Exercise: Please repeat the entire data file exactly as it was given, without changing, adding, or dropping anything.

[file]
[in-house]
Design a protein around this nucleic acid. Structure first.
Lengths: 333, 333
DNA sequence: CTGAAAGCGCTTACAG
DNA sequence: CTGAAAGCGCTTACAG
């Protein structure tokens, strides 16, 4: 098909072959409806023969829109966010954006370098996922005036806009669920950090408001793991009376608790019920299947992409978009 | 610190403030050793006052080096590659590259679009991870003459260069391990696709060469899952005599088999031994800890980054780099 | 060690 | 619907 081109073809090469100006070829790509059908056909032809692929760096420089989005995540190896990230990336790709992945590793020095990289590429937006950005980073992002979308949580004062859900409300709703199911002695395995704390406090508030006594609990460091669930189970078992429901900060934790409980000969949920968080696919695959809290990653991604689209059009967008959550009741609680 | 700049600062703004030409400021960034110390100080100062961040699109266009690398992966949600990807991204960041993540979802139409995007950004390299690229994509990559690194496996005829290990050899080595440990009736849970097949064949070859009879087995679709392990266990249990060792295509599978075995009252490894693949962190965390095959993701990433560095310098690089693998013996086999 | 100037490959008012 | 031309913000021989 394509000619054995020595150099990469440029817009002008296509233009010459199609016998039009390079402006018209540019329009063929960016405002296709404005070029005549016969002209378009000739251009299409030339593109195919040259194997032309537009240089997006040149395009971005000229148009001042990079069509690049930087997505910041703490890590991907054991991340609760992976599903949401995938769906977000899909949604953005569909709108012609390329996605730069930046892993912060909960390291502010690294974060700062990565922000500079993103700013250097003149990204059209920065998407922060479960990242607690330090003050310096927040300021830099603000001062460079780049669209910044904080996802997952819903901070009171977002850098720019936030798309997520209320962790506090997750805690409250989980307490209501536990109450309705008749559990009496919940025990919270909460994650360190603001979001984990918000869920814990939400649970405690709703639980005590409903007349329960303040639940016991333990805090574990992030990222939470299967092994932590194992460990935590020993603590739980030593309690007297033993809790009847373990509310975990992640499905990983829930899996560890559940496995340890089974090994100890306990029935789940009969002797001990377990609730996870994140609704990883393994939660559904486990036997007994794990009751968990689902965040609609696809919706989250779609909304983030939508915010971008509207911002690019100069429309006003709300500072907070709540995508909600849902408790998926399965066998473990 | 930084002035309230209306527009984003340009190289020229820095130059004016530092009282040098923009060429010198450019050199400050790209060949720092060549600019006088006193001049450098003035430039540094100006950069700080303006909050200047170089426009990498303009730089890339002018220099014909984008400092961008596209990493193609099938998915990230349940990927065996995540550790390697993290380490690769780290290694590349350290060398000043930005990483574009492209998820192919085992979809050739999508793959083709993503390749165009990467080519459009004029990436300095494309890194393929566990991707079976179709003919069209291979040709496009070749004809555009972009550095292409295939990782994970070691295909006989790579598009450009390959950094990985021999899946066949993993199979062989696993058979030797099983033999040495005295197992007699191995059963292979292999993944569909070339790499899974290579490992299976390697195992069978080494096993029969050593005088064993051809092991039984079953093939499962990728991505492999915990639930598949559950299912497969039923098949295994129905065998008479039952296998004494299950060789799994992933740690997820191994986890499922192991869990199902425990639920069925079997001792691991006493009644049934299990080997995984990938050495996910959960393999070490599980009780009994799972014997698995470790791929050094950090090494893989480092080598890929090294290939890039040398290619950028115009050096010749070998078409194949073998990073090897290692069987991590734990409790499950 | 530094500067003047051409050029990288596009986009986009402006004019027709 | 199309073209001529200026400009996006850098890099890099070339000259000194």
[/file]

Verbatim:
[in-house]
Design a protein around this nucleic acid. Structure first.
Lengths: 333, 333
DNA sequence: CTGAAAGCGCTTACAG
DNA sequence: CTGAAAGCGCTTACAG
């Protein structure tokens, strides 16, 4: 098909072959409806023969829109966010954006370098996922005036806009669920950090408001793991009376608790019920299947992409978009 | 610190403030050793006052080096590659590259679009991870003459260069391990696709060469899952005599088999031994800890980054780099 | 060690 | 619907 081109073809090469100006070829790509059908056909032809692929760096420089989005995540190896990230990336790709992945590793020095990289590429937006950005980073992002979308949580004062859900409300709703199911002695395995704390406090508030006594609990460091669930189970078992429901900060934790409980000969949920968080696919695959809290990653991604689209059009967008959550009741609680 | 700049600062703004030409400021960034110390100080100062961040699109266009690398992966949600990807991204960041993540979802139409995007950004390299690229994509990559690194496996005829290990050899080595440990009736849970097949064949070859009879087995679709392990266990249990060792295509599978075995009252490894693949962190965390095959993701990433560095310098690089693998013996086999 | 100037490959008012 | 031309913000021989 394509000619054995020595150099990469440029817009002008296509233009010459199609016998039009390079402006018209540019329009063929960016405002296709404005070029005549016969002209378009000739251009299409030339593109195919040259194997032309537009240089997006040149395009971005000229148009001042990079069509690049930087997505910041703490890590991907054991991340609760992976599903949401995938769906977000899909949604953005569909709108012609390329996605730069930046892993912060909960390291502010690294974060700062990565922000500079993103700013250097003149990204059209920065998407922060479960990242607690330090003050310096927040300021830099603000001062460079780049669209910044904080996802997952819903901070009171977002850098720019936030798309997520209320962790506090997750805690409250989980307490209501536990109450309705008749559990009496919940025990919270909460994650360190603001979001984990918000869920814990939400649970405690709703639980005590409903007349329960303040639940016991333990805090574990992030990222939470299967092994932590194992460990935590020993603590739980030593309690007297033993809790009847373990509310975990992640499905990983829930899996560890559940496995340890089974090994100890306990029935789940009969002797001990377990609730996870994140609704990883393994939660559904486990036997007994794990009751968990689902965040609609696809919706989250779609909304983030939508915010971008509207911002690019100069429309006003709300500072907070709540995508909600849902408790998926399965066998473990 | 930084002035309230209306527009984003340009190289020229820095130059004016530092009282040098923009060429010198450019050199400050790209060949720092060549600019006088006193001049450098003035430039540094100006950069700080303006909050200047170089426009990498303009730089890339002018220099014909984008400092961008596209990493193609099938998915990230349940990927065996995540550790390697993290380490690769780290290694590349350290060398000043930005990483574009492209998820192919085992979809050739999508793959083709993503390749165009990467080519459009004029990436300095494309890194393929566990991707079976179709003919069209291979040709496009070749004809555009972009550095292409295939990782994970070691295909006989790579598009450009390959950094990985021999899946066949993993199979062989696993058979030797099983033999040495005295197992007699191995059963292979292999993944569909070339790499899974290579490992299976390697195992069978080494096993029969050593005088064993051809092991039984079953093939499962990728991505492999915990639930598949559950299912497969039923098949295994129905065998008479039952296998004494299950060789799994992933740690997820191994986890499922192991869990199902425990639920069925079997001792691991006493009644049934299990080997995984990938050495996910959960393999070490599980009780009994799972014997698995470790791929050094950090090494893989480092080598890929090294290939890039040398290619950028115009050096010749070998078409194949073998990073090897290692069987991590734990409790499950 | 530094500067003047051409050029990288596009986009986009402006004019027709 | 199309073209001529200026400009996006850098890099890099070339000259000194």